It’s no shame to go hitless against Madison Bumgarner on a night like he had last night. And slumps certainly happen. But Matt Kemp is in a pronounced slump right now, and with the Dodgers sliding out of first place after last night’s loss to San Francisco, they need him to figure it out.
Kemp is 0 for his last 19 and his OPS has dipped below 1.000 for the first time since the fifth game of the season. Last night he struck out with a runner on third in the sixth inning — Shane Victorino got there by stealing both second and third — to end what amounted to the Dodgers best scoring threat. Kemp was clearly frustrated at the strikeout, feigning throwing his bat and then starting to break it over his knee but thinking better of it.
Kemp is obviously still having a great year — he’s hitting .333/.402/.596 — but the Dodgers are going to need him to heat back up if they want to keep pace with the Giants.
Jon Morosi reports that that the Detroit Tigers will make all veterans available via trade if they’re still under .500 by the end of June.
This was the position they entered the offseason with — everyone is available! — but they ended up gearing up for one more push with the core of veterans they currently employ. It was not a bad move, I don’t think. With the exception of the Indians, the AL Central is mostly down, or at least appeared to be over the winter, with the Royals in decline and the Twins and White Sox seemingly a few years away from contention. The Twins, however, have been fantastic and the Tigers have mostly underachieved.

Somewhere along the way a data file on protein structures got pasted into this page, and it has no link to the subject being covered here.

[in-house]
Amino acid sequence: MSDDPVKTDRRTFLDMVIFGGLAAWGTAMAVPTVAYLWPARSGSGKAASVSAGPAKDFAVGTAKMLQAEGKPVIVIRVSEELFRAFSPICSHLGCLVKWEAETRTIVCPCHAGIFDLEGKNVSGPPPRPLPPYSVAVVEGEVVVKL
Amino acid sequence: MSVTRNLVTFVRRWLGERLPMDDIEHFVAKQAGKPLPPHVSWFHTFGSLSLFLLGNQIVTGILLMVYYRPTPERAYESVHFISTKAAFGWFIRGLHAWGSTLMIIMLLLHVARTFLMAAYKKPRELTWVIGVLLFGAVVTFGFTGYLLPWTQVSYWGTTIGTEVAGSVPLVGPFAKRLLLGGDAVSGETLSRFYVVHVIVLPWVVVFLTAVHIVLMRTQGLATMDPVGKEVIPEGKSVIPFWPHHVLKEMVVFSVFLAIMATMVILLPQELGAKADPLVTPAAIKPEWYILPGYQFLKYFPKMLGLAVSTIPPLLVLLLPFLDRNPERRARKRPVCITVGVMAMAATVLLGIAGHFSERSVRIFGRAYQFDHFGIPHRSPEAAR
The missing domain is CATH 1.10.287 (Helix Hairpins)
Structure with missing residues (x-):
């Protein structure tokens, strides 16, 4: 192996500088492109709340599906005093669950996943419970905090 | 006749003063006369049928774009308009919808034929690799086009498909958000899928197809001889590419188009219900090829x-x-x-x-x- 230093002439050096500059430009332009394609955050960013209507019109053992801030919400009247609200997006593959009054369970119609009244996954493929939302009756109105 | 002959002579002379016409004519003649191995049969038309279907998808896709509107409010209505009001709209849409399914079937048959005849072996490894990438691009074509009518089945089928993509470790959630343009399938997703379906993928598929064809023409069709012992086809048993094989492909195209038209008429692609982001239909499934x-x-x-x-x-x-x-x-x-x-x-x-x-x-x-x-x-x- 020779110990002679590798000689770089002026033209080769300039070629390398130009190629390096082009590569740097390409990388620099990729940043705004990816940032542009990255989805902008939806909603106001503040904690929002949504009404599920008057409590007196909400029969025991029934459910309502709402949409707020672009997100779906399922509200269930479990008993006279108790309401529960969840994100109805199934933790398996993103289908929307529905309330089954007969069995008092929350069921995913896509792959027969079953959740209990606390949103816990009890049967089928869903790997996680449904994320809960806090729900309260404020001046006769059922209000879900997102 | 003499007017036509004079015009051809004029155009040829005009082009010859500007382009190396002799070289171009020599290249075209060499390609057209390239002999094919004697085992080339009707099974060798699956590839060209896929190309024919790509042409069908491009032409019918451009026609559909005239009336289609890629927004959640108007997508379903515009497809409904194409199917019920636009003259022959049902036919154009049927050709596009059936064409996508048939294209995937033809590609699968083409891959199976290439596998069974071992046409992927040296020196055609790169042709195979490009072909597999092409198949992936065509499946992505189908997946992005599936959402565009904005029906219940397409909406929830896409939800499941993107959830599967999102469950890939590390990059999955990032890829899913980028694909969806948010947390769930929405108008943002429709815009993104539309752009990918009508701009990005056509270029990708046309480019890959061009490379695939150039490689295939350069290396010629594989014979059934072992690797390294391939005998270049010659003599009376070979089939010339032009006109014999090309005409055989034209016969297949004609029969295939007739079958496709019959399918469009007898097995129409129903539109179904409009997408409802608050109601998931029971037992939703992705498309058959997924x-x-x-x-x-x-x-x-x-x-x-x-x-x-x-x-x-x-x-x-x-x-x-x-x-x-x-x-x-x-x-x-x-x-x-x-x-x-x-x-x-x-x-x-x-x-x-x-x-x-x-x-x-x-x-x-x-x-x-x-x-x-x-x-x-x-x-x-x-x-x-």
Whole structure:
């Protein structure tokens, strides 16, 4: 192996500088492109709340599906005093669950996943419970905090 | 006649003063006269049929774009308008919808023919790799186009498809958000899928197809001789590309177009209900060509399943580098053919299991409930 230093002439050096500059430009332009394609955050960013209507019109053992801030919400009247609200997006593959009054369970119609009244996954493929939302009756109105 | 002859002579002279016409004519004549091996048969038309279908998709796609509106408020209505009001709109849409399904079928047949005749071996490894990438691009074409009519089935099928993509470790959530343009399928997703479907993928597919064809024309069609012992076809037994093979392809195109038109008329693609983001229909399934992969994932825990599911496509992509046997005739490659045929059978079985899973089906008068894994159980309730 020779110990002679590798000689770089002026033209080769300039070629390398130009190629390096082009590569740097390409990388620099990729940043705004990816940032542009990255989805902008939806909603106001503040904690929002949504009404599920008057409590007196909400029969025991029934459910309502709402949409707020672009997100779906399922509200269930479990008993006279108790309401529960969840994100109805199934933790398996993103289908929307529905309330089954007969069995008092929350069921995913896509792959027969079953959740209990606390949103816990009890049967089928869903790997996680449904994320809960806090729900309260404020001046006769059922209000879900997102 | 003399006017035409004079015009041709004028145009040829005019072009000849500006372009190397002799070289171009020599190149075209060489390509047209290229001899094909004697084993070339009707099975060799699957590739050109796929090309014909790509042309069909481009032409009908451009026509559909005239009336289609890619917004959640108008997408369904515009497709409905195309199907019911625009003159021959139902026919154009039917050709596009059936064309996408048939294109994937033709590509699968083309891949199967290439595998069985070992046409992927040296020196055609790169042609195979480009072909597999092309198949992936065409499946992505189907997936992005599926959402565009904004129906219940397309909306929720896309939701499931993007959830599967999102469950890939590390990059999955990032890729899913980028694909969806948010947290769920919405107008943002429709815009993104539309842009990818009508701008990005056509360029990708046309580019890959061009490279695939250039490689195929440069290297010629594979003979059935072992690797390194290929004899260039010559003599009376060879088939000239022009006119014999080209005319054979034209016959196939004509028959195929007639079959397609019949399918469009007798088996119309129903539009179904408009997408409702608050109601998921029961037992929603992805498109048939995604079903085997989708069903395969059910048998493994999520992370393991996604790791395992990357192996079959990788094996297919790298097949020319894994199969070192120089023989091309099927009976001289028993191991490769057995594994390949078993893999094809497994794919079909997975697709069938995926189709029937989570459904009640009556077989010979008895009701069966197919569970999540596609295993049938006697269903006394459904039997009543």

So we’re back to this. Which veterans the Tigers can reasonably unload, however, is an open question. J.D. Martinez is in his walk year, so while tradable, he may not bring back a big return. Guys like Justin Upton, Justin Verlander and Miguel Cabrera either have very large contracts or no-trade protection.
The end of June is still a while from now, of course, and while the Tigers are under .500, they’re only 4.5 games behind the Twins. But they had better turn it around or else it sounds like the front office is going to turn the page.
As you get ready for Memorial Day weekend and whatever it entails for you and yours, take some time to read an excellent article from Mike Bates over at The Hardball Times.
The article is about Eddie Grant. You probably never heard of him. He was a journeyman infielder — often a backup — from 1905 through 1915. If you have heard of him, it was likely not for his baseball exploits, however: it was because he was the first active baseball player to die in combat, killed in the Battle of the Argonne Forest in October 1915.
Michael tells us about more than Grant’s death, however. He provides a great overview of his life and career. And notes that Grant didn’t even have to go to war if he didn’t want to. He was 34, had the chance to coach or manage and had a law degree and the potential to make a lot of money following his baseball career. He volunteered, however, for both patriotic and personal reasons. And it cost him his life.
Must-read stuff indeed. Especially this weekend.